Un libro demasiado complejo, es como el free jazz pero en escritura. ...

    "Instead our fantasies must come from what Moten and Harney citing Frank B. Wilderson III call 'the hold': 'And so it is we remain in the hold, in the break, as if entering again and again the broken world, to trace the visionary company and join it.' The hold here is the hold in the s...

    wanna think abt how moten's call to disorder suggests a more radical project/relation to each other than what scot nakagawa uses harmony to describe here https://www.racefiles.com/2015/08/21/... ...

    ????????? upon second reading, found it more lacking but understood it more ...

    ?Never being on the right side of the Atlantic is an unsettled feeling, the feeling of a thing that unsettles with others. It?s a feeling, if you ride with it, that produces a certain distance from the settled, from those who determine themselves in space and time, who locate thems...

    Right now I can't explain why I love this book so much, but I can see that so many people feel the same way. The book is free. Just read it and see what resonances and openings you get from it. Not all of it will make sense, but that's OK. Note their uses of words that don't quite make...

    Incredible... opaque.... this book opens the door to reassessment of the our world in every sense, the social with the material, the performative and the authoritative, the non individualised... I feel so strongly for this book I cannot express myself. To read again and again ...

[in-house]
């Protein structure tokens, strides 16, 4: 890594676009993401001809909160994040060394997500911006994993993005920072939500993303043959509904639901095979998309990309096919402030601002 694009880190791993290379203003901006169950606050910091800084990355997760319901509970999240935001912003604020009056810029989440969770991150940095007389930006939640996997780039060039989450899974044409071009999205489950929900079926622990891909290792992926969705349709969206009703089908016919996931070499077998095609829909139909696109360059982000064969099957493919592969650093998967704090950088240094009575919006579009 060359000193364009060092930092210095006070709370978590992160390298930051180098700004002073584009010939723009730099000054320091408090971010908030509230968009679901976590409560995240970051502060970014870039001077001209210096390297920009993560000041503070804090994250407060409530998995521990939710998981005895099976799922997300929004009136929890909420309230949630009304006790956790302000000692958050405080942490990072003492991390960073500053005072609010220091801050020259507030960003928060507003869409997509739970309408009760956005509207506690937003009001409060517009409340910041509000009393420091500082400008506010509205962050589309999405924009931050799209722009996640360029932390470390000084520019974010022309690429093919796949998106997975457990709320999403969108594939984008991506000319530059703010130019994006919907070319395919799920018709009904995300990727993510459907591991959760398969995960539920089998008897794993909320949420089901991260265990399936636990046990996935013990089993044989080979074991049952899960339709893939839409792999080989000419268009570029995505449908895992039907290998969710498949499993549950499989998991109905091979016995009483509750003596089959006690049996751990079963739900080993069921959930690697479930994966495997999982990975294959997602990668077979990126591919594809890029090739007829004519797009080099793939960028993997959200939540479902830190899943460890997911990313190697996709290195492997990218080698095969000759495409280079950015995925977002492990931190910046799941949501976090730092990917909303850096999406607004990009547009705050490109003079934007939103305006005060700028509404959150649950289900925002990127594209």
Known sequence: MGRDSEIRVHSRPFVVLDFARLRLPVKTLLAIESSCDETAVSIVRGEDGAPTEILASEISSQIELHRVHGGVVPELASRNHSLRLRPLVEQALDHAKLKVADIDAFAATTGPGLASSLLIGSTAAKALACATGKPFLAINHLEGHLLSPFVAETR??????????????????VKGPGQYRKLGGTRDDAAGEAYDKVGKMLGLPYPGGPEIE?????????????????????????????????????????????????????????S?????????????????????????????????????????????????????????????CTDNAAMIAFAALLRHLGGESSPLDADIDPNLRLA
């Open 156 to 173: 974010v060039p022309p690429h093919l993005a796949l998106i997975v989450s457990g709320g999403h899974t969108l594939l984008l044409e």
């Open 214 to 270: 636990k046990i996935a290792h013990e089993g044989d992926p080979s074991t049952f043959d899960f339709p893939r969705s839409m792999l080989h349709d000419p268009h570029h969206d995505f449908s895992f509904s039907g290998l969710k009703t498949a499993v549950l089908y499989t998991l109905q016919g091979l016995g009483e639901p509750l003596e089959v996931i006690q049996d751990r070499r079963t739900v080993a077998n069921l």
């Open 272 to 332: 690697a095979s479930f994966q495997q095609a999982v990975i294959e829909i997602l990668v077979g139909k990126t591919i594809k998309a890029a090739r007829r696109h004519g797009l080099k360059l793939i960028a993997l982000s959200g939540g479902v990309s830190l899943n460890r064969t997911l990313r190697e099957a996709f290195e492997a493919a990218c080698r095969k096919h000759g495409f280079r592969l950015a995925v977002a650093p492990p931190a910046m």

It's a difficult text. In part, it's difficult because of the theoretical and philosophical language that sometimes goes undefined. That said, it's also difficult because it proposes new ways at looking at our relationship to the university, capitalism, and planning vs. policy. ...

    This book is such a clear articulation of leftist movements that have come into focus since 2013 that it almost seems impossible. ...

    tbh though parts of it are borderline unreadable ...

    The second chapter raises excellent critiques of academia, but the language in later chapters becomes so vague as to be incomprehensible. Concision, lucidity and accessibility are lacking entirely. ...

    This was an incredibly quick and easy read, but it was packed with multiple great thoughts, and it is something I definitely see myself coming back to. ...

    Brilliant book, it was a second read and I will come back to this book over time. I especially liked Debt and Study ...

    The chapter on policy syncs up so nicely with Sara Ahmed's On Being Included, not to mention the rest of the book is here for a revolution in some really necessary ways. ...

    In the clear, critical light of day, illusory administrators whisper of our need for institutions, and all institutions are political, and all politics is correctional, so it seems we need correctional institutions in the common, settling it, correcting us. But we won't stand corrected...

    "What's totally interesting to me is to just not call the class to order. ... You're basically saying, let's just see what happens if I don't make that geture of calling the class to order. ... Instead of announcing that class has begun, just acknowledge that class began." One of my ...